Here is a thing I see fairly often here on Meta.SE:

recent off-topic question with delete votes

The question isn't remotely on-topic and was rightly, and quickly, put on hold. Somebody left a comment (not shown) pointing out what Meta.SE is and steering the OP elsewhere. Sadly, users don't always sit on their questions in real time; sometimes they ask and then come back in a few hours.

If I were to cast that last delete vote, what the OP would see is "my question disappeared", with no further feedback unless the page is still open in a browser tab. The notification for the helpful comment gets removed with the post. I think only experienced SE users would find (a) the right profile tab and (b) the "show recent deleted posts" checkbox. and experienced SE users are not the ones I'm worried about.

How should we respond to these posts? Is there a reasonable amount of time to wait, and after that we should go ahead and delete it? If so, how long is reasonable? Should we just leave these and wait for the Roomba to get them? If so, then when should we be using delete votes on questions? Or should we not concern ourselves with the reactions of new, lost users and delete at will?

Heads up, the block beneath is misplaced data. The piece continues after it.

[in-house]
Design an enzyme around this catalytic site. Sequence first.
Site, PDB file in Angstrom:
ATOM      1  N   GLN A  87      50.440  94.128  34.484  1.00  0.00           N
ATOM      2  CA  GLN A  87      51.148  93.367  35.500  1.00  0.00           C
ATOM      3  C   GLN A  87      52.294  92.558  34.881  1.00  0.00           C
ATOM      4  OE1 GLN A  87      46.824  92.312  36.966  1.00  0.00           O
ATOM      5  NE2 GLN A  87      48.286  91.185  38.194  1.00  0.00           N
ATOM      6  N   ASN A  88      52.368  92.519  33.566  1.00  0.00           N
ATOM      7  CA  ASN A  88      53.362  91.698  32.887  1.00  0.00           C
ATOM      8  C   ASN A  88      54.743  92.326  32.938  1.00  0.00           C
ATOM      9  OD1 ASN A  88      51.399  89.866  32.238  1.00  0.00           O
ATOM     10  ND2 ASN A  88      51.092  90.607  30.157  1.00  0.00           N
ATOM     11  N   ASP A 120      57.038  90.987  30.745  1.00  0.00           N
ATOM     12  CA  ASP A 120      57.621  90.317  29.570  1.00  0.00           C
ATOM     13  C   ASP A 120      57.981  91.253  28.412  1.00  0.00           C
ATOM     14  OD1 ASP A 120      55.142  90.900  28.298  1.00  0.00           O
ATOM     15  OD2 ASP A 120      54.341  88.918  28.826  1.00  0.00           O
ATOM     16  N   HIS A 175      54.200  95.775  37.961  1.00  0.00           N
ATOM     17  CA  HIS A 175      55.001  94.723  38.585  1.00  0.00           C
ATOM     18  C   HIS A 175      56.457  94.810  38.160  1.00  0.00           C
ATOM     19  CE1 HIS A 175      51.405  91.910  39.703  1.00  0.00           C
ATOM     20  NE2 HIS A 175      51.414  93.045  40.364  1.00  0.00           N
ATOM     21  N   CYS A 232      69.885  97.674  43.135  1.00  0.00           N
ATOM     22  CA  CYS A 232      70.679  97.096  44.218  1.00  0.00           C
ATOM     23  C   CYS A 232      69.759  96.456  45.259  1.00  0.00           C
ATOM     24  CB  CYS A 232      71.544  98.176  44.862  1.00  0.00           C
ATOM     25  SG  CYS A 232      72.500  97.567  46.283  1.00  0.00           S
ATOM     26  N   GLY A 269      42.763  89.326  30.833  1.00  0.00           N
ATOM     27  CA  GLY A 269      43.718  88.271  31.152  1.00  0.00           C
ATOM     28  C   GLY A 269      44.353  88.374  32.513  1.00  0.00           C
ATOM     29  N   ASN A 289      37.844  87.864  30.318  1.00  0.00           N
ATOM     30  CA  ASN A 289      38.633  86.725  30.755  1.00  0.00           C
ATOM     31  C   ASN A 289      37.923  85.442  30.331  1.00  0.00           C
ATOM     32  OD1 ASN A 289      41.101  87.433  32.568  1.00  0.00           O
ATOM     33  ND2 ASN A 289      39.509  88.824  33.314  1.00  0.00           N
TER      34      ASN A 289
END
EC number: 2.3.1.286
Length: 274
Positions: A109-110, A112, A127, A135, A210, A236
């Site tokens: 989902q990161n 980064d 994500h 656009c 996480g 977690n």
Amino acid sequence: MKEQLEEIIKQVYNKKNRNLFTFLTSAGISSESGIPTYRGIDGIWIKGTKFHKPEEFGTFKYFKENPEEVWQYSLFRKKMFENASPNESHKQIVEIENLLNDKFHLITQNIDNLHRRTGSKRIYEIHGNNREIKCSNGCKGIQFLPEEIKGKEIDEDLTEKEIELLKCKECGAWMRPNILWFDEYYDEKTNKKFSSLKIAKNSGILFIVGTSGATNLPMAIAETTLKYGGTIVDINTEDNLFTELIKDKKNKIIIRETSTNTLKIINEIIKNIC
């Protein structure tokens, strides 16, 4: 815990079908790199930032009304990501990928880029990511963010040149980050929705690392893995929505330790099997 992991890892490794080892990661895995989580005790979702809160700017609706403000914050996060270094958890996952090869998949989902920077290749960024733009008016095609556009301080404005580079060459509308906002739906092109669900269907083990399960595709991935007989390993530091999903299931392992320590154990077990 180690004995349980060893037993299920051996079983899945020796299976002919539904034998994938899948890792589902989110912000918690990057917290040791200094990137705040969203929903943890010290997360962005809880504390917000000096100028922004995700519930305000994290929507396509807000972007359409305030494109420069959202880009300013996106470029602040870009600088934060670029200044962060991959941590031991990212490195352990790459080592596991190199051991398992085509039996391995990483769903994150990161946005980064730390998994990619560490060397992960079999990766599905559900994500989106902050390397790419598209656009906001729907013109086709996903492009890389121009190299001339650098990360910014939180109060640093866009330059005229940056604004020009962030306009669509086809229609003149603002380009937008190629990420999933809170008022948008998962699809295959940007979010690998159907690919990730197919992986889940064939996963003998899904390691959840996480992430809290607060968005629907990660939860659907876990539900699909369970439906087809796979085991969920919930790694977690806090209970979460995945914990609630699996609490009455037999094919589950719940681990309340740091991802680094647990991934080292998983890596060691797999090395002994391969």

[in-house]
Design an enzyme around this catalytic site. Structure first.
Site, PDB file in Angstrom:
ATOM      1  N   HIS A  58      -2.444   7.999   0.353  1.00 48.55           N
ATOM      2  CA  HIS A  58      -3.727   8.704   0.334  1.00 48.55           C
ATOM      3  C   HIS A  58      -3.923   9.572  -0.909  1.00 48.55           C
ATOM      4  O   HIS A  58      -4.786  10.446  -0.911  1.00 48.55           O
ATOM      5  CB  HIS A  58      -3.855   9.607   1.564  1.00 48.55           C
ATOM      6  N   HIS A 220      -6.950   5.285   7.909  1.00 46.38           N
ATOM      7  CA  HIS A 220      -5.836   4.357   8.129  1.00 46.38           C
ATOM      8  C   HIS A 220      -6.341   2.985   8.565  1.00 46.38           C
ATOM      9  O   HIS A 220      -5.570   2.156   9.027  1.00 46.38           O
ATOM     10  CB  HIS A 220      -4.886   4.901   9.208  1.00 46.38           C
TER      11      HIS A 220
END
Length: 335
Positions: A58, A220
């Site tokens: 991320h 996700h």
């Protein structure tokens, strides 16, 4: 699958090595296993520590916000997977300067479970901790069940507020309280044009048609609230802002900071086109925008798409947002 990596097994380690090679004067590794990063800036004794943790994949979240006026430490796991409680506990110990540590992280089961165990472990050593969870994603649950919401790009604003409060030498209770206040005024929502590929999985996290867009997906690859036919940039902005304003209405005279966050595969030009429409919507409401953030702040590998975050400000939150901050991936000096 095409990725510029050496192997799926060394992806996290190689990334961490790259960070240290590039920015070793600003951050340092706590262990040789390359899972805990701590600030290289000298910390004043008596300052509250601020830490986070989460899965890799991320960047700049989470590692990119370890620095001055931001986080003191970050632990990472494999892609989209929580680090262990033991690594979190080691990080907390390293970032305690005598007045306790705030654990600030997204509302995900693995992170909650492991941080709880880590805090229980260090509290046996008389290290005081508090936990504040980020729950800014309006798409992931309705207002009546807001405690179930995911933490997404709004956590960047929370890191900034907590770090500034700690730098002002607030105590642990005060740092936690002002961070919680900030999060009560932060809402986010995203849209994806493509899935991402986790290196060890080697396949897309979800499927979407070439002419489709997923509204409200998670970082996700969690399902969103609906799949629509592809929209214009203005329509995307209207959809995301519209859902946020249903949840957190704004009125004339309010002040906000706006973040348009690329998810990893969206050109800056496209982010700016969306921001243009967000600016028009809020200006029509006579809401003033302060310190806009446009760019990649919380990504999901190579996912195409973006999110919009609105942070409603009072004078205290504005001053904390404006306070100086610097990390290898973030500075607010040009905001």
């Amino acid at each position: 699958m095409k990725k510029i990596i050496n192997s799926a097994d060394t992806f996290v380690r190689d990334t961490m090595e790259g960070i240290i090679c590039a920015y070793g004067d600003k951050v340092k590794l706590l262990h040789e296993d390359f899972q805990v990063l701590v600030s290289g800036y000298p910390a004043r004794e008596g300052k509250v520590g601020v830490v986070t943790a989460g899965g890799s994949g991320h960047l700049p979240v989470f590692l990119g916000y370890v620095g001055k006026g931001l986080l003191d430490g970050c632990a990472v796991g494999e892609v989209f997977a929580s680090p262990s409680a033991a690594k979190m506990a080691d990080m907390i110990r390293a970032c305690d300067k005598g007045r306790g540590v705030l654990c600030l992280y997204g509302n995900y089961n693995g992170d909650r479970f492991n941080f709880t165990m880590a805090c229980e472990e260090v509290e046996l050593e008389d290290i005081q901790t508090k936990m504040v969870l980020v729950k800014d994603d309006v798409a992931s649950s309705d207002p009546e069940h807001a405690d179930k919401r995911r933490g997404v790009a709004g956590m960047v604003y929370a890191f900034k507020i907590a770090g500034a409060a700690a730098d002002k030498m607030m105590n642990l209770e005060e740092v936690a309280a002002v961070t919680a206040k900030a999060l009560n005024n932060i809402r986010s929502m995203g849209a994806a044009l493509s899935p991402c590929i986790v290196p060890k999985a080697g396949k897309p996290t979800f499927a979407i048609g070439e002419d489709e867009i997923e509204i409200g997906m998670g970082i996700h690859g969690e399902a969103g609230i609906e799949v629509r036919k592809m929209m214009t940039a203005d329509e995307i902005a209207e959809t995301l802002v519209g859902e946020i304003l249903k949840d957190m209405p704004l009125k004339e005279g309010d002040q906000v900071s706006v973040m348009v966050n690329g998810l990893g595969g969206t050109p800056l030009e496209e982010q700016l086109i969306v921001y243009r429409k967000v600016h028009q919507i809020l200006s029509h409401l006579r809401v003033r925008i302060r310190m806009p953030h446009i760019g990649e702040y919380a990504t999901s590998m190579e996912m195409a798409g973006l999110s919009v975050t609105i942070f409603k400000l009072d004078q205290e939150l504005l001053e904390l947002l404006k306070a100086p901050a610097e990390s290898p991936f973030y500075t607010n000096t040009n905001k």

In the past I've gone ahead and cast those delete votes, but with the new "welcome wagon" initiative I'm not sure I should be.

  • 1
    The Roomba period for closed questions is a mere 9 days, which really isn't that long in the grand scheme of things... How many of these bad questions would pile up over a rolling 9 day window?
    – Kevin
    Jul 16 '18 at 1:20
  • Or should we not concern ourselves with the reactions of new, lost users and delete at will? - I will vote on this option, although I am admittedly not all that big on this new "welcome wagon" thing. Since there are quite a lot of these types of questions every day, I don't like the option of allowing them all to sit and litter the site.
    – n8te
    Jul 16 '18 at 1:21
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    related, very similar post
    – Journeyman Geek Mod
    Jul 16 '18 at 1:23
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    @n8te: Note that it is really easy for new users to get lost and end up here. They just have to go to stackexchange.com and click the mysterious "meta" link at the top of the page... which then dumps them on the MSE front page with no explanation of where they are or what kinds of questions they should be asking. There is also a friendly "Visit Stack Exchange" button accessible in two clicks from every page served anywhere on the SE network, which gets them halfway to MSE.